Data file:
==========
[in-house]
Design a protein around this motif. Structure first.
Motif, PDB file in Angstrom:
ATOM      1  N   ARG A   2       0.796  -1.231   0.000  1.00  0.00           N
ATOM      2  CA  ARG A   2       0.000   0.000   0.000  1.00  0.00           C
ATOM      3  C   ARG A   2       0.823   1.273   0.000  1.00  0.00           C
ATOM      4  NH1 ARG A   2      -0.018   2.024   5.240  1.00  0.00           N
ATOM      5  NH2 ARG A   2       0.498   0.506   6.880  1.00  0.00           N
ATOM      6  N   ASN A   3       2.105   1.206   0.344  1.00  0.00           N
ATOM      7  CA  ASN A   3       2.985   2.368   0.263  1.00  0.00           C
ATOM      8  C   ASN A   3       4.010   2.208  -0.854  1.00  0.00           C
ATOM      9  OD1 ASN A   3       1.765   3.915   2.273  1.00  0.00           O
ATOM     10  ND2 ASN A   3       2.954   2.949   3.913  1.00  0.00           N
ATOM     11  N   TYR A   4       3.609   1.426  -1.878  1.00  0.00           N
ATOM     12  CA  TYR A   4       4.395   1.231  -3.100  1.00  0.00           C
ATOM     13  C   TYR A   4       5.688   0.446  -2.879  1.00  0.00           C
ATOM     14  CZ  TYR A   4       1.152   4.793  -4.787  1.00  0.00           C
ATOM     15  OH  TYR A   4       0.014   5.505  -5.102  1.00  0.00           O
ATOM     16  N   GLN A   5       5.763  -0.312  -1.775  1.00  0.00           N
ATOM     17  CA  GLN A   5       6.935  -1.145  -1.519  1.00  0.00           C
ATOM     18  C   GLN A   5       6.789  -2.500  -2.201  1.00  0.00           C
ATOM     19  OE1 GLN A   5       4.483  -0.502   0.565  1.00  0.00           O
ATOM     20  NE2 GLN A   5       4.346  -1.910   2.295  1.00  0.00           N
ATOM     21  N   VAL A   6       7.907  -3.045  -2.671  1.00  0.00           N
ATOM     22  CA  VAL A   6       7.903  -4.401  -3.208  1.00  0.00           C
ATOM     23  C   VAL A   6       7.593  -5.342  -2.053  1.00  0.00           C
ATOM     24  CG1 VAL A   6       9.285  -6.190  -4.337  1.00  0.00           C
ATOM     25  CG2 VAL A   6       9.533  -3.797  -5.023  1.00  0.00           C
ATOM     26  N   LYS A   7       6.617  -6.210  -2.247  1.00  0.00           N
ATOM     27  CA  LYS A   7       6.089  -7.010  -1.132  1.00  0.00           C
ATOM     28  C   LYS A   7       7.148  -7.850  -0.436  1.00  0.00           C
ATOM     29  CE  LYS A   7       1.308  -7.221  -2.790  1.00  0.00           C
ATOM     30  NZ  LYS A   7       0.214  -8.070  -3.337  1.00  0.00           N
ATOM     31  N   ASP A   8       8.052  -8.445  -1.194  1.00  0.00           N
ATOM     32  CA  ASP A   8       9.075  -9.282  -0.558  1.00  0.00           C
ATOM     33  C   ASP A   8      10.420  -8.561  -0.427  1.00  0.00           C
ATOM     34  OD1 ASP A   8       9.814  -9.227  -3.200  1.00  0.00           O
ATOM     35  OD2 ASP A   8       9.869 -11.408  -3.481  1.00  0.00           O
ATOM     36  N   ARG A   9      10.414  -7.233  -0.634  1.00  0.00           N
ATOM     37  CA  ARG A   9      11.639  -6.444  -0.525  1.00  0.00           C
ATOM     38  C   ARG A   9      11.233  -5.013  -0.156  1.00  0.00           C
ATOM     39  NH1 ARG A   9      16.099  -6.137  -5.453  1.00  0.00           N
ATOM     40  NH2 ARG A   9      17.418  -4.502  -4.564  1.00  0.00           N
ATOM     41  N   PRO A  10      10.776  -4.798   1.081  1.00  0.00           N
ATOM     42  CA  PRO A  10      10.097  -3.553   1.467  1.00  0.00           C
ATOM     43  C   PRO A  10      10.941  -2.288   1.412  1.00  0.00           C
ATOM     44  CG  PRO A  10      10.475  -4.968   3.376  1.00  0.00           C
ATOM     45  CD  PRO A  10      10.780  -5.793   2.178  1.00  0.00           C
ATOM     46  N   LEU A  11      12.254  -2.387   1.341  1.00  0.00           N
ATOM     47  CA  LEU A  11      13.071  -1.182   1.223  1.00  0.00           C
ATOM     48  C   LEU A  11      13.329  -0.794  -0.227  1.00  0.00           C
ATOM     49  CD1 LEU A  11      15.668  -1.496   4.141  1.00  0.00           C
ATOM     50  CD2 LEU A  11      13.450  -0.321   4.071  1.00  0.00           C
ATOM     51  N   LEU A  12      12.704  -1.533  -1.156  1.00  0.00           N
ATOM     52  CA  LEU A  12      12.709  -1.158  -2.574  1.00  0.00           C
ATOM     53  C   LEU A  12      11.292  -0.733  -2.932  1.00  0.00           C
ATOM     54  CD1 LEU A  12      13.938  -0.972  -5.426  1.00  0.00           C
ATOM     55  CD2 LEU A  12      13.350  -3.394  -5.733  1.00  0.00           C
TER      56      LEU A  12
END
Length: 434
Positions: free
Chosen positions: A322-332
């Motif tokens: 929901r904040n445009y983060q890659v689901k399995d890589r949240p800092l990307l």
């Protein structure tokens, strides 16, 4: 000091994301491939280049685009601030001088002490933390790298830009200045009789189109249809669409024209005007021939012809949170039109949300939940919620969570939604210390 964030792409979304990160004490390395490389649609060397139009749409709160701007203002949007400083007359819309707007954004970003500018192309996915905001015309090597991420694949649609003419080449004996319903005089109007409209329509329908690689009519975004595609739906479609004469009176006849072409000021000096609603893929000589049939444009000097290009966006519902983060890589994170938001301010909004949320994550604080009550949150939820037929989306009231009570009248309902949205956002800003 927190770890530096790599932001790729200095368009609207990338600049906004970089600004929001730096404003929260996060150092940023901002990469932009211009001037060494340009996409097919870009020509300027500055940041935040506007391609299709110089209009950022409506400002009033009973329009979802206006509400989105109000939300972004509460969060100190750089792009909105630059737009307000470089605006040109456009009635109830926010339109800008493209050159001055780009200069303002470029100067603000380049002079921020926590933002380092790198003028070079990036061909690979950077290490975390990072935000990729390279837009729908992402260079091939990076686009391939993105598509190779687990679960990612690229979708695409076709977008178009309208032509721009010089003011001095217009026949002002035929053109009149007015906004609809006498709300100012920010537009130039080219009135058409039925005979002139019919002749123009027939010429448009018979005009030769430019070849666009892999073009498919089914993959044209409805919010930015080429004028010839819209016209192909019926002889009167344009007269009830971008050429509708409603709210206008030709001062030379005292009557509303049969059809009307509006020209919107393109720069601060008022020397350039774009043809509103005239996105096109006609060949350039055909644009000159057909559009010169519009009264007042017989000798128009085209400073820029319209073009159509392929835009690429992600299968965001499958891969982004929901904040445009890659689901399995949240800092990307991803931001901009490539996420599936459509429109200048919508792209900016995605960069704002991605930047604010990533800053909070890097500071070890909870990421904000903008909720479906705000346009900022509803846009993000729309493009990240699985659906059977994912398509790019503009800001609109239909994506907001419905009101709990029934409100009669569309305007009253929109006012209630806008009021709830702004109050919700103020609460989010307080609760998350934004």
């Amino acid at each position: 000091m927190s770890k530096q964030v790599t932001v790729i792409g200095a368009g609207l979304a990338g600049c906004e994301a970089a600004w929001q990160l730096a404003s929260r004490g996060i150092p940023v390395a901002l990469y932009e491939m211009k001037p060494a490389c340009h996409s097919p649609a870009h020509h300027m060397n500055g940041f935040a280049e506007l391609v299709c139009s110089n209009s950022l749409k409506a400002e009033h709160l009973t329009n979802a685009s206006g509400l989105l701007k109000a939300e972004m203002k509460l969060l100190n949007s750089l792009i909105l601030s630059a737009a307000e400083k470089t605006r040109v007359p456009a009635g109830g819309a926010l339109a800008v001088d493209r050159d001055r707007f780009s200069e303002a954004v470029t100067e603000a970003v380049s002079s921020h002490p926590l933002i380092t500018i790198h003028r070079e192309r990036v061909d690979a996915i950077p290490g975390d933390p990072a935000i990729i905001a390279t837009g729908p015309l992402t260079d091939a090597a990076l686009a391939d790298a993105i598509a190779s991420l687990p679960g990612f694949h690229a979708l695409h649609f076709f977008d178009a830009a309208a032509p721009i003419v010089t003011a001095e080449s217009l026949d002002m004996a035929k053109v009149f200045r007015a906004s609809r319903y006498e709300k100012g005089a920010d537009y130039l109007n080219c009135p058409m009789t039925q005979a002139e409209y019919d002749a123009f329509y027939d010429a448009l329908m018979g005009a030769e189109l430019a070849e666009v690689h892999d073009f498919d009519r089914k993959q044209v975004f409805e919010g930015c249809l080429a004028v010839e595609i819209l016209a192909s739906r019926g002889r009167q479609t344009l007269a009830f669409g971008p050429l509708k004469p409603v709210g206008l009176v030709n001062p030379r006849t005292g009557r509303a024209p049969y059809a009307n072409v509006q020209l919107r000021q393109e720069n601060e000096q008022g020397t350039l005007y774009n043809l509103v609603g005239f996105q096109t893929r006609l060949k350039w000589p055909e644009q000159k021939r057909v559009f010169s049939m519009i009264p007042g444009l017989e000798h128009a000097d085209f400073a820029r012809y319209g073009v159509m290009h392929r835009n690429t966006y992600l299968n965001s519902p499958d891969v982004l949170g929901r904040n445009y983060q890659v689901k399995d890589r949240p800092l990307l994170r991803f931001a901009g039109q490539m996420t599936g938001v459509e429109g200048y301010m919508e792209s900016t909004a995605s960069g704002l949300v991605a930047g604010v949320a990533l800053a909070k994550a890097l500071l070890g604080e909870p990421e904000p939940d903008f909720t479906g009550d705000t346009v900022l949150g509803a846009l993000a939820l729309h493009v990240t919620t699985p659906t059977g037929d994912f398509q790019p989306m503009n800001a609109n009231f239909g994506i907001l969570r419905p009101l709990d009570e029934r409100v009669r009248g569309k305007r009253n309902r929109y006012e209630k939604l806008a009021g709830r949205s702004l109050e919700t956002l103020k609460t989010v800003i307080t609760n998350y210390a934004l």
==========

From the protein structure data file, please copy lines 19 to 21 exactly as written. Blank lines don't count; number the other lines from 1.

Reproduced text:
ATOM     16  N   GLN A   5       5.763  -0.312  -1.775  1.00  0.00           N
ATOM     17  CA  GLN A   5       6.935  -1.145  -1.519  1.00  0.00           C
ATOM     18  C   GLN A   5       6.789  -2.500  -2.201  1.00  0.00           C